‘It’s A Difficult Place To Be’: Yakima Construction Firm Preps For Mass Layoff — Just Like 2008

PaintSmith does business in Yakima (pictured) and Seattle with around 130 employees. Most have been laid off since Washington Gov. Jay Inslee mandated stringent measures to slow coronavirus spread. Courtesy ofPaintSmith does business in Yakima (pictured) and Seattle with around 130 employees. Most have been laid off since Washington Gov. Jay Inslee mandated stringent measures to slow coronavirus spread. Courtesy of PaintSmith Co. PaintSmith Co.
PaintSmith does business in Yakima (pictured) and Seattle with around 130 employees. Most have been laid off since Washington Gov. Jay Inslee mandated stringent measures to slow coronavirus spread. Courtesy of PaintSmith Co.

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When Washington Gov. Jay Inslee made it clear that his statewide “stay-at-home” order applies to most commercial and residential construction, staff at the PaintSmith Company in Yakima and Seattle had no choice.

“We made a lot of calls last night to lay off a lot of people,” said Justin Smith, who runs the company founded by his father, Robert Smith, in 1973.

Until this week, the company employed 130 people for jobs painting new offices, apartments, casinos and doing industrial coating. Now, fewer than 50 people are still on hand. Office staff is still at work, but reductions in hours and layoffs are possible there.

Robert Smith founded PaintSmith in 1973, now with operations in the Seattle and Yakima areas. It's just laid off more than half of it 130 employees due to the coronavirus pandemic. Courtesy of PaintSmith

Robert Smith founded PaintSmith in 1973, now with operations in the Seattle and Yakima areas. It’s just laid off more than half of it 130 employees due to the coronavirus pandemic. Courtesy of PaintSmith Co.

Like many decades-old businesses, PaintSmith has had experience with layoffs. After the 2008 recession, the company went from 80 employees to just 10. It taught Smith that his company can survive financial downturns. 

ALSO SEE: Coronavirus News, Updates, Resources From NWPB

“I also know what I have to do to do that, and some of what we had to do was very difficult, letting go people that I really care about,” Smith said.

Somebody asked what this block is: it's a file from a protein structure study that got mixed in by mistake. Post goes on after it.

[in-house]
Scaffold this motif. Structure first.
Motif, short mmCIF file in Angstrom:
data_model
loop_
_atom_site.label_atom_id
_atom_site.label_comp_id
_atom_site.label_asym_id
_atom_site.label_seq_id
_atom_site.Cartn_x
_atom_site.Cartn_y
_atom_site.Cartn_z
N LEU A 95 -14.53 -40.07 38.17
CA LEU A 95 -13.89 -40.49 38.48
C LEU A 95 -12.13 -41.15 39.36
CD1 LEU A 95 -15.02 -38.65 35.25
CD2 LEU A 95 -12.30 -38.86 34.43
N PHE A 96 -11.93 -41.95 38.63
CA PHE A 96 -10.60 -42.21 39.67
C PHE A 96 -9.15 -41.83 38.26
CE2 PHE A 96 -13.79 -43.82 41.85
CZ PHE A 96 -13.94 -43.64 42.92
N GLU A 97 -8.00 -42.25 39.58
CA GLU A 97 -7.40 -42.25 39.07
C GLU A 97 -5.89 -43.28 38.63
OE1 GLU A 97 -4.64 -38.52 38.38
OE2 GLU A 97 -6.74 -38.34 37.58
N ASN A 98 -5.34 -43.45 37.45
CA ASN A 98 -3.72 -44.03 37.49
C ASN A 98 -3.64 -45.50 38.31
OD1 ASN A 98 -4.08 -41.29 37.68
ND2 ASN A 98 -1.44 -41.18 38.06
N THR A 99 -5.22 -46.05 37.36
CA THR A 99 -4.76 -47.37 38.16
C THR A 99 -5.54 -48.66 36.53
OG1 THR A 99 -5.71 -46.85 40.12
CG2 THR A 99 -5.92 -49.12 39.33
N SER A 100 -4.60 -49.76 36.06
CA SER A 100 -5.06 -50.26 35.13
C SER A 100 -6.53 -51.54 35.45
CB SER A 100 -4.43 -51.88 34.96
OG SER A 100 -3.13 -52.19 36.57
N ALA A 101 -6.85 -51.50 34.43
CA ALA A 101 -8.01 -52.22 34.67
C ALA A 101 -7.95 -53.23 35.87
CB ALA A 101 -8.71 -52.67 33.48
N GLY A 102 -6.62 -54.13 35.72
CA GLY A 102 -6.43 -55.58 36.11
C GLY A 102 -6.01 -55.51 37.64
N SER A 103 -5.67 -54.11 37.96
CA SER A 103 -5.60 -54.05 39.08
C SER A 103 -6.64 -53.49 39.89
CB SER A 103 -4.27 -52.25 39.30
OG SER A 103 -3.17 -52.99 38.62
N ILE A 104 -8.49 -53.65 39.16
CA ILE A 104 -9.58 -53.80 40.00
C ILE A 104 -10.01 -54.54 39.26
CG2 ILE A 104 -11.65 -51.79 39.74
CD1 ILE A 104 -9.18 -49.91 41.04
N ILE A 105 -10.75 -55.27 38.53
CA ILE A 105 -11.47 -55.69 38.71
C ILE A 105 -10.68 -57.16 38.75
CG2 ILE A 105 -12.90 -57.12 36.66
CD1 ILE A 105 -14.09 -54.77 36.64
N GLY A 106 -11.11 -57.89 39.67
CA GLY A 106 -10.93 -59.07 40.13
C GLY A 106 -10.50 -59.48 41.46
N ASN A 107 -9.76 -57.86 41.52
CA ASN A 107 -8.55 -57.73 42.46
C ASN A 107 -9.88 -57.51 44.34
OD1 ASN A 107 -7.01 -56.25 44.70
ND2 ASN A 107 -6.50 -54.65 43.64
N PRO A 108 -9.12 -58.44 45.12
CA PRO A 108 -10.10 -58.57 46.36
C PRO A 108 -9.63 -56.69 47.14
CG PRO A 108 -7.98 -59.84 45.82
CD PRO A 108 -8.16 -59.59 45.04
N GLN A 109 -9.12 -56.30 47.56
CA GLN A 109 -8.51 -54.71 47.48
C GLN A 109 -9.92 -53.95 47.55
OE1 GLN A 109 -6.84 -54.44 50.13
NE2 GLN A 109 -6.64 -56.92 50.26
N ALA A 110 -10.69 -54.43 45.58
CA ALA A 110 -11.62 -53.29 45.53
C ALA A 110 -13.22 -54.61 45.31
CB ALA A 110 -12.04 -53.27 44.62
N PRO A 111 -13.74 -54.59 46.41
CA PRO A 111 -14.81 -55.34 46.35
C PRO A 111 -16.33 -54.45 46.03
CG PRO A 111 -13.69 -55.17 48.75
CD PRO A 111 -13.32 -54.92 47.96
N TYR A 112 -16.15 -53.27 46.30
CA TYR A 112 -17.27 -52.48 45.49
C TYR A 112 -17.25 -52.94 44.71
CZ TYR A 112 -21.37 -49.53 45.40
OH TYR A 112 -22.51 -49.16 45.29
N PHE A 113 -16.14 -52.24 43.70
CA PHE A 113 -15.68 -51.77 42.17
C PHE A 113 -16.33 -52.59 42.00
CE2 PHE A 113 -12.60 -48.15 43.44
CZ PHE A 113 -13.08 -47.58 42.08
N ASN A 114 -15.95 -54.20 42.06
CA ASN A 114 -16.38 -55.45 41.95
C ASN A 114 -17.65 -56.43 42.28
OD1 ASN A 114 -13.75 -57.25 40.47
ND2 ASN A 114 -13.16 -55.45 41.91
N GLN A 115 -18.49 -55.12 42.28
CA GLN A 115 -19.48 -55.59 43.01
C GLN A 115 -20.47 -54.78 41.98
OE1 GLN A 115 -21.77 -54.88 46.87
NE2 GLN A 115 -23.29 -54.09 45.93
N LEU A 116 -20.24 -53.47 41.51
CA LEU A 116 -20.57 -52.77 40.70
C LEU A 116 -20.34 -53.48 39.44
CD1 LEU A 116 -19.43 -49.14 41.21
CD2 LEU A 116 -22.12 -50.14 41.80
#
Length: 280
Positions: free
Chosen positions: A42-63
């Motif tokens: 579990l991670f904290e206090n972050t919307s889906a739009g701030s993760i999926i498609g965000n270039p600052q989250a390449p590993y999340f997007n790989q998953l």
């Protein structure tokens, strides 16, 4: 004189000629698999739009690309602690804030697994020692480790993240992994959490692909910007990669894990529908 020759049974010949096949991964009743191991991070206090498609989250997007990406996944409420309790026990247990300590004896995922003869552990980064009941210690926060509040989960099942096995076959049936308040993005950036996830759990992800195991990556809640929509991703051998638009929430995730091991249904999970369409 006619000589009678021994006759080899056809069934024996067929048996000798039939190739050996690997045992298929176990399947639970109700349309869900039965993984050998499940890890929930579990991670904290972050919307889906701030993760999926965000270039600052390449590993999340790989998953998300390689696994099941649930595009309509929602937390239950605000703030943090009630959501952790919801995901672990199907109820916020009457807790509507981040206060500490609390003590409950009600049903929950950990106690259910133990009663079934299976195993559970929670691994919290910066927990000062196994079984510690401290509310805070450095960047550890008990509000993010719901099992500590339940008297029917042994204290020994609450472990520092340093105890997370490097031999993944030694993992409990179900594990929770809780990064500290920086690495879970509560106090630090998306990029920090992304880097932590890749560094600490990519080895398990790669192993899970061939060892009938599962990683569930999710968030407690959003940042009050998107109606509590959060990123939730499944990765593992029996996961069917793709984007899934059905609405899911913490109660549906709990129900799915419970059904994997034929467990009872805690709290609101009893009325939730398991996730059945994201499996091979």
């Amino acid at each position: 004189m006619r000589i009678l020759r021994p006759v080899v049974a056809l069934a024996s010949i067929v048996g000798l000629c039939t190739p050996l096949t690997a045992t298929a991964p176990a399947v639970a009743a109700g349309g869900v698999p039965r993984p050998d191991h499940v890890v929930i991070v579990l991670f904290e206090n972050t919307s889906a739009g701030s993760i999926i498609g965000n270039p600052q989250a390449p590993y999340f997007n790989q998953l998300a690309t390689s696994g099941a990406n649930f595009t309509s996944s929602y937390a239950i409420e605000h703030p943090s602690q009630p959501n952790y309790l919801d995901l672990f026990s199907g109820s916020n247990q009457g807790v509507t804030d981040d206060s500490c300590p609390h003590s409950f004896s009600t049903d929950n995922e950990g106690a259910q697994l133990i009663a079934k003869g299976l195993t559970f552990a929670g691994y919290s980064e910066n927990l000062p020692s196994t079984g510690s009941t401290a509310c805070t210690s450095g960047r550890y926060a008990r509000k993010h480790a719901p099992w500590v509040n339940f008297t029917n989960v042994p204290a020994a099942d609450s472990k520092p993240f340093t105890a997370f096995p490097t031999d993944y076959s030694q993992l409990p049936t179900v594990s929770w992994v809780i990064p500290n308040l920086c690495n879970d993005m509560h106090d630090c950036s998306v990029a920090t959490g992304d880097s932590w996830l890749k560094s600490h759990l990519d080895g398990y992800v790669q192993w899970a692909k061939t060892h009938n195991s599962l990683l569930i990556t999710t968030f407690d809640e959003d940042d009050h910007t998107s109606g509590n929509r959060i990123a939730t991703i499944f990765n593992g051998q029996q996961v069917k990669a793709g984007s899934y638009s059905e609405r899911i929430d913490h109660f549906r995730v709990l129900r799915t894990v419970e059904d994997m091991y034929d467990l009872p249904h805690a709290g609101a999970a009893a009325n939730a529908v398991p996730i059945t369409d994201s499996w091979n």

Some of those laid off in the wake of the recession came back to work at the company, Smith said. He hopes the layoffs he’s forced to make now will be temporary.

Those still at work are on jobs for so-called essential industries like agriculture. Financially it may make more sense to shut down everything to keep costs low, according to the company’s chief financial officer, but it’s not an option Smith is considering. Customers in essential industries want work done and employees want paychecks.

While layoffs are devastating to the company and his employees, Smith knows it’s necessary.

“It’s a difficult place to be,” Smith said. “You both want to keep working for your company, for your customers and your employees, but you also want to limit the spread of a virus that you don’t completely understand. It’s the uncertainty of how long this is going to be that’s making it so rough.”

Smith says he’s working to help laid-off employees get unemployment benefits. For most, it’s their first time applying. On Friday, the U.S. House is scheduled to vote on a $2 trillion aid package with unemployment relief. It passed the Senate Wednesday

For small businesses, the Washington State Department of Commerce announced $1.8 million dollars in grants for rural counties Thursday. That grant money can also go to food and rental assistance for residents. 

Last week, 133,464 Washingtonians filed claims for unemployment benefits. The industry sector experiencing the highest number of new claims is accommodation and food services with 41,309 claims. State officials say those numbers may continue to rise in the coming weeks.

ALSO SEE: Coronavirus News, Updates, Resources From NWPB

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